Young Thug, M.D., has come strapped with a stethoscope. The biopsy has confirmed a diagnosis: cancer. The treatment: slime radiation therapy. The prognosis: a hit single.
Inspired by Lil Boosie’s recent battle with kidney cancer, I’m Up’s straightforwardly titled lead single, “F Cancer,” brings awareness to the pervasive disease by using one of rap’s hottest, most avant-garde artists as a platform.
Unlike Boosie’s song, “Cancer,” in which he laments his own diagnosis and speaks quite openly on the emotional toll it took, this song is not sad. It does not bemoan the countless lives taken by cancer, nor does it highlight people’s heartbreaking experiences dealing with it, but it directs a triumphant energy toward our war against it. Coinciding with the apparent success of Boosie’s nephrectomy (surgical kidney removal), Thug’s single serves as a battle cry for all those afflicted, survivors, relatives, and otherwise.
It opens: “Fuck cancer, shout out to Boosie. I fucked your main bitch, I gave her cooties.” Thankfully for her, the cooties infection contracted by your main bitch is benign or at least curable. Thug then goes on to self-medicate with cannabis, a bottle of Actavis codeine syrup, and half of a Percocet. Whether or not he took the Hippocratic Oath in medical school, these are all self-written prescriptions by Dr. Thug.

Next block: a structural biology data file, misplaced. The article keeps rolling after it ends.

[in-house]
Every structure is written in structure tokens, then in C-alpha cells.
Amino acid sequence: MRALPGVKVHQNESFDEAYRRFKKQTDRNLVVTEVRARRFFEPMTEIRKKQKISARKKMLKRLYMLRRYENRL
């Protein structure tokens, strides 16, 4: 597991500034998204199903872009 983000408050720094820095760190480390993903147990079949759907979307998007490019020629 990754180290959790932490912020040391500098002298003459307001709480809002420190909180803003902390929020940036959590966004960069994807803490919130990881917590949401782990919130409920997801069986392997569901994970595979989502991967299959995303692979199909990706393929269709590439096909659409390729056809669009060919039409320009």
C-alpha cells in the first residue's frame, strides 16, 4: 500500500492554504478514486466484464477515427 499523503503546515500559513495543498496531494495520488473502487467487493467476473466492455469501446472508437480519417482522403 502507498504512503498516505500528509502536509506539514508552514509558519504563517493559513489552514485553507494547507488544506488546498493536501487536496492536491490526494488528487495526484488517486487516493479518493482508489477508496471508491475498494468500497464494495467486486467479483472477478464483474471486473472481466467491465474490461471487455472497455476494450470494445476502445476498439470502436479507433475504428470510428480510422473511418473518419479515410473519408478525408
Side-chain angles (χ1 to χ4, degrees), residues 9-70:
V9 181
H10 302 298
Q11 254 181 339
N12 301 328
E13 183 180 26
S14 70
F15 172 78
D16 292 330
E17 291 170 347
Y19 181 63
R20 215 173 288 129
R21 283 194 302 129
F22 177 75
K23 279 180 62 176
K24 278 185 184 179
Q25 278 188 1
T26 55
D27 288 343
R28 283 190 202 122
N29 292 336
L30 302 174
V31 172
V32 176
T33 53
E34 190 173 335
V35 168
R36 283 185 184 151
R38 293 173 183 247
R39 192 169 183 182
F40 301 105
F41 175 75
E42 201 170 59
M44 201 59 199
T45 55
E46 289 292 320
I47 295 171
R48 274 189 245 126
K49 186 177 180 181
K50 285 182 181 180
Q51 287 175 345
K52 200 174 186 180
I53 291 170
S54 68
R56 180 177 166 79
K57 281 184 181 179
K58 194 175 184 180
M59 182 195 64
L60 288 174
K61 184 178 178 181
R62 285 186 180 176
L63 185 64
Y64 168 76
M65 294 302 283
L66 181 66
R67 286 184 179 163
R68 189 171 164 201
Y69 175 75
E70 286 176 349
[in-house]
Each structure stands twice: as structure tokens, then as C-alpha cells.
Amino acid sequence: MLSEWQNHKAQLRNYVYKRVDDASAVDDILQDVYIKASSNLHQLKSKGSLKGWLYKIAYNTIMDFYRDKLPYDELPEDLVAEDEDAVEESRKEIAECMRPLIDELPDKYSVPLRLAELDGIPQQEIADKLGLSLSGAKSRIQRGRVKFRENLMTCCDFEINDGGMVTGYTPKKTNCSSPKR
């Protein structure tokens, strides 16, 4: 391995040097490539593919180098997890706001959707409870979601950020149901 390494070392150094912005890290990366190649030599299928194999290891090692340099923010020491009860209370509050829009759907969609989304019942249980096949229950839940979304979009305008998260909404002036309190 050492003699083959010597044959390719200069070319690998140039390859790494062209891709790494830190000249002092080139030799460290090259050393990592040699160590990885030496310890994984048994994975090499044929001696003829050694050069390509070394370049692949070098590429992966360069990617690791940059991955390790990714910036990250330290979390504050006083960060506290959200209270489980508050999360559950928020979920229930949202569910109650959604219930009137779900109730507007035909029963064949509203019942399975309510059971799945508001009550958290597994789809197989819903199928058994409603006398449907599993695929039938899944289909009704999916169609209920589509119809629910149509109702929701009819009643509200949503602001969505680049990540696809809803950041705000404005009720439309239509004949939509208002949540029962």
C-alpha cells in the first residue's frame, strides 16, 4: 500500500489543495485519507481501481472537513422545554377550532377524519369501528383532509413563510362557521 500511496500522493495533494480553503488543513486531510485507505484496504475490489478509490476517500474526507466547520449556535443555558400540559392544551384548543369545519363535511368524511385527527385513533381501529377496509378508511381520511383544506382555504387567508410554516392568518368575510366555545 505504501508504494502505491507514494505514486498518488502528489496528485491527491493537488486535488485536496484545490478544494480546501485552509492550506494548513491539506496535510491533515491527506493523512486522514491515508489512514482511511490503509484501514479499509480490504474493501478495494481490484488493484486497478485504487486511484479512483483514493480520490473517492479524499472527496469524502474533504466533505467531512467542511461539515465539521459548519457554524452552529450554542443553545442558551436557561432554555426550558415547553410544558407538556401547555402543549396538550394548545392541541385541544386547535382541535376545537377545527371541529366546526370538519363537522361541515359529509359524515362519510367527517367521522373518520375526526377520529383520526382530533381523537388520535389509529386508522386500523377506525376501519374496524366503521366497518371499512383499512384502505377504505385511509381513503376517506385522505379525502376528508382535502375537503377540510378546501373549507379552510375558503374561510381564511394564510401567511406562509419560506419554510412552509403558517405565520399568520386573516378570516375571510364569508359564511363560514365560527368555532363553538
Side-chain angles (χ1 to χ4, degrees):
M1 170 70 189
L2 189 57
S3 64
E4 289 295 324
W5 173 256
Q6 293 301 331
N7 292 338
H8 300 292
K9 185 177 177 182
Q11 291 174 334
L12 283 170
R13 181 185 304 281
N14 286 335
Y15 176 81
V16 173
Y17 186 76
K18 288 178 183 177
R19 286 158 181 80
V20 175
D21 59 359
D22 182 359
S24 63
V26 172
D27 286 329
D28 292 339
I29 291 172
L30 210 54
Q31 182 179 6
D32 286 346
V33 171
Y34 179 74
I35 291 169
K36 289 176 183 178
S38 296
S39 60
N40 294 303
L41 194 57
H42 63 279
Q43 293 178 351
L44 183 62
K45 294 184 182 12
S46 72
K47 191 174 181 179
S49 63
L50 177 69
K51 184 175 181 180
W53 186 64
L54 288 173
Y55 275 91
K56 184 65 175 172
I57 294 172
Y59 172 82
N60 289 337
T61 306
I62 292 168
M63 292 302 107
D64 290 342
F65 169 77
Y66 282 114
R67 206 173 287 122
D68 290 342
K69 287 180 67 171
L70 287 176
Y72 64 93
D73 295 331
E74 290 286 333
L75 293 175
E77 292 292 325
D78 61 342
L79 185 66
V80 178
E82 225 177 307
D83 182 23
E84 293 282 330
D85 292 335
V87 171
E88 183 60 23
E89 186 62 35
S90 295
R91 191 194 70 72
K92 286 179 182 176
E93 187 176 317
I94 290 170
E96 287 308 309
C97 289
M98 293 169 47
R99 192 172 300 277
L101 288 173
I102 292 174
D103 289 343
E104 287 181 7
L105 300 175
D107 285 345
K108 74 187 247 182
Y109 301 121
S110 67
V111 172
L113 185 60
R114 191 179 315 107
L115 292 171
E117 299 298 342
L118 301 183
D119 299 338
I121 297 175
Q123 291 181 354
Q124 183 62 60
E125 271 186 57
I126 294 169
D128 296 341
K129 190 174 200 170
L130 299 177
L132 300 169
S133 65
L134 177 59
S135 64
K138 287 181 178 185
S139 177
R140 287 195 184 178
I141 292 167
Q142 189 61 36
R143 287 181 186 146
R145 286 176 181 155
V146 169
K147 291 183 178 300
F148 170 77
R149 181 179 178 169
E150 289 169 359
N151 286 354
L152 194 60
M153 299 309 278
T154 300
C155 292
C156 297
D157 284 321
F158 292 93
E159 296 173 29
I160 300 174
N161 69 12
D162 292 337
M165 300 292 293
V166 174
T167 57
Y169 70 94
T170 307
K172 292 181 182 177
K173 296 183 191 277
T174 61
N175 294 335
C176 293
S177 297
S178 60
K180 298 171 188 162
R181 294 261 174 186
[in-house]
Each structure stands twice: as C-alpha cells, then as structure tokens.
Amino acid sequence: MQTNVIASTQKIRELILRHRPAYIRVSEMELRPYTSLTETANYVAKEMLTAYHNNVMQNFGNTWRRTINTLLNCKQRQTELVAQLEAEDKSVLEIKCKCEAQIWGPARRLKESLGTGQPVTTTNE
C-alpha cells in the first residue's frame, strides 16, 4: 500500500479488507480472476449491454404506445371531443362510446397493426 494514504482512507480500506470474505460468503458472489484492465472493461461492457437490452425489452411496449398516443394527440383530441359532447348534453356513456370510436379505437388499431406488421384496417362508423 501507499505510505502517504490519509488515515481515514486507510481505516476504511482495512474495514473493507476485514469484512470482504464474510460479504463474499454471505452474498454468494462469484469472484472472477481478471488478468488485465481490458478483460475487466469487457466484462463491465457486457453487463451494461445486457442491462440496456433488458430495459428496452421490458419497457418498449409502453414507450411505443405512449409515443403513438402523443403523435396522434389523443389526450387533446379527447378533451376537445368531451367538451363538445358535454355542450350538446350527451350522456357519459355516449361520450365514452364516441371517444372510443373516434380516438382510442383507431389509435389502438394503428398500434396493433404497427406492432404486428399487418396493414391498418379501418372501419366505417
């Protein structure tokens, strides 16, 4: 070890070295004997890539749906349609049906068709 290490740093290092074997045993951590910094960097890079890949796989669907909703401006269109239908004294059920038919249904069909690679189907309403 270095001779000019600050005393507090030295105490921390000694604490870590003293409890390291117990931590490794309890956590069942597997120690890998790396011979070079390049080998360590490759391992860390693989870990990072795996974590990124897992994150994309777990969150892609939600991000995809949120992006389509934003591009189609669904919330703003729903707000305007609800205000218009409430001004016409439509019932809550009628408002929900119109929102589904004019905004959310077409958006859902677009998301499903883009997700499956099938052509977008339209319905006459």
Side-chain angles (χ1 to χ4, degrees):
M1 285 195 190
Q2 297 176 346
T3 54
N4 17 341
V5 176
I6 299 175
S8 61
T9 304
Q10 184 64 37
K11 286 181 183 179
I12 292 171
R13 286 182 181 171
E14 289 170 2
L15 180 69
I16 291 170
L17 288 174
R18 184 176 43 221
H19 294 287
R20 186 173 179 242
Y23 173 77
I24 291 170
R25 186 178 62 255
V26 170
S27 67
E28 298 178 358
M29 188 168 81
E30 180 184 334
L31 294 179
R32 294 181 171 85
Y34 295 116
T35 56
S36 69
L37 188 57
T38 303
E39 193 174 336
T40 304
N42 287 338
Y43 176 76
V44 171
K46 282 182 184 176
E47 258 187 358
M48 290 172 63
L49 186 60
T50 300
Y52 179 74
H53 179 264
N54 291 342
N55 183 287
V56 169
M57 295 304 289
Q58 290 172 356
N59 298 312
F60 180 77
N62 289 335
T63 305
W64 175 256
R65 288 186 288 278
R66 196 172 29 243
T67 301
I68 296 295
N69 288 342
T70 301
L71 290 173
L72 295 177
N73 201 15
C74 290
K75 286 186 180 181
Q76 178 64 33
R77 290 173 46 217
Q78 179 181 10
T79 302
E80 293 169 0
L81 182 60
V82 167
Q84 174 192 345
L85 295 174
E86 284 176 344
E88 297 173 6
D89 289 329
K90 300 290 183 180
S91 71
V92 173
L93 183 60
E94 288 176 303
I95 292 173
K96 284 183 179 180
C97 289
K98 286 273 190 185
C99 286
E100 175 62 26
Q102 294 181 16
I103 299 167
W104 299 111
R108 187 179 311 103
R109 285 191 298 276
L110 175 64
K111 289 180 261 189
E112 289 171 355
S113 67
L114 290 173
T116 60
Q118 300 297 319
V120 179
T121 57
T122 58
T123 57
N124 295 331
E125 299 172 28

The other surgeon in the operating room is Dr. Quavious, or “Quavo,” as his hospital colleagues lovingly refer to him. Quavo spent his residency under the attending physician, Gucci Mane, and went on to start his own medical practice with fellow practitioners, Takeoff and Offset. Their specialty? The extremely contagious, pandemic disease known as “Brokanese.” After years of training in that field, Quavo offers his expertise to Dr. Thug’s clinic.
“I put ice in all my watches, came in in Versace. Perc and gas, molly, we got plenty options,” opens Quavo, for the song’s second and final verse. Versace, apparently, designed an unprecedented, custom pair of scrubs for the Migo doctor. He does not address cancer at all, but his presence and encyclopedic pharmaceutical knowledge is always appreciated.
But of course, we would be remiss if we did not pay homage to a certain medical pioneer, Lil Wayne. Back in 2008, his song “Dr. Carter” envisioned a world in which he treated struggling rappers, specifically. He dedicates a verse to each one of his patients, who are suffering from lack of concepts, originality, flow, style, and a host of other terrible, crippling rapper ailments. Unfortunately, despite his best efforts, all of his patients perish. At the time, he could not resurrect hip-hop.
Years later, Dr. Thug carries the caduceus forward. That is, the traditional symbol of medicine, depicted by two snakes winding around Hermes, the winged messenger of the Greek gods. Perhaps Thug foreshadowed himself serving the people in this capacity when he said, “They rocking Jordans, you in a Hermes dress,” back on the 2013 song “Scared of You,” from his 1017 Thug mixtape.
Like many of its predecessors, Young Thug’s new song will probably metastasize into a huge hit. It will be difficult to suppress, spreading like a virus until it eventually lodges itself in the brains of every rap listener.